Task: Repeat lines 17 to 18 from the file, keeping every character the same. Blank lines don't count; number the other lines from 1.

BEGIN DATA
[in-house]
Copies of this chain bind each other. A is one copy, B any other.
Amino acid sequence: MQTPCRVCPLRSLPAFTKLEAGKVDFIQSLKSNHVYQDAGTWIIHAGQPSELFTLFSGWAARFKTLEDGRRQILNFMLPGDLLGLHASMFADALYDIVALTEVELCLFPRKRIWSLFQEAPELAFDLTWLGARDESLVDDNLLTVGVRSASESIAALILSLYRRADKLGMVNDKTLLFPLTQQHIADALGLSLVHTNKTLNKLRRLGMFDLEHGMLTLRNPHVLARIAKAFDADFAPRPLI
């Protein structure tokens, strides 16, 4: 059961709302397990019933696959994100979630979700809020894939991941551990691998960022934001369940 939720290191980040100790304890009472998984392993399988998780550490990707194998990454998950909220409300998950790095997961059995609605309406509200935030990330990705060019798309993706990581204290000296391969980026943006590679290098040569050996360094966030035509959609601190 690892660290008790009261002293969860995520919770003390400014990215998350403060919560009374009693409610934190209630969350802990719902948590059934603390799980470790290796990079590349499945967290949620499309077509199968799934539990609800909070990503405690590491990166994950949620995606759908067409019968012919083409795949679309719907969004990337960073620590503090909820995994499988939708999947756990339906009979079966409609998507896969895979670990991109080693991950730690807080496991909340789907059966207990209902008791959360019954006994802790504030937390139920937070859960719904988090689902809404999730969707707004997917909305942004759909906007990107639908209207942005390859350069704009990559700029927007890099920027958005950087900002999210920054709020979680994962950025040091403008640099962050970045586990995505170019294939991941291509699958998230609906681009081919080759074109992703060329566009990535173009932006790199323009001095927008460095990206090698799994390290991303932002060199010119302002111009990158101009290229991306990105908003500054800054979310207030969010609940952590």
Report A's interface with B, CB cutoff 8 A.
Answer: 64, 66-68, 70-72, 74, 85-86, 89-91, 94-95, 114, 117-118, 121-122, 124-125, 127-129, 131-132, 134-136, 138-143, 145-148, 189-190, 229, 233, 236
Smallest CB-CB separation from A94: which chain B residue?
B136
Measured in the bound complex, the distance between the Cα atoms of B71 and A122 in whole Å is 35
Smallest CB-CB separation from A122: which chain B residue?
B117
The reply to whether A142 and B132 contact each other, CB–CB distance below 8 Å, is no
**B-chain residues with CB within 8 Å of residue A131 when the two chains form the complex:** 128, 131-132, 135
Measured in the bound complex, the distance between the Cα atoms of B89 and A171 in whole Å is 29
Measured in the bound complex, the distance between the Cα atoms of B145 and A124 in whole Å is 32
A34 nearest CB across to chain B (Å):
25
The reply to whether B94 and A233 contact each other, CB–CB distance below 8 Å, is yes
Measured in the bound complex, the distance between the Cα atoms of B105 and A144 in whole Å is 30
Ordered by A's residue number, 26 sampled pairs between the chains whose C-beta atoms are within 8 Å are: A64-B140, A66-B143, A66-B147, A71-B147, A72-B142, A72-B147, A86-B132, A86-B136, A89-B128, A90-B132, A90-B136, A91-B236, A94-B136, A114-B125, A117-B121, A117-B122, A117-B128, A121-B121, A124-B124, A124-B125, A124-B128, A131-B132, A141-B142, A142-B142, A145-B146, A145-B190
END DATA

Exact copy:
25
The reply to whether B94 and A233 contact each other, CB–CB distance below 8 Å, is yes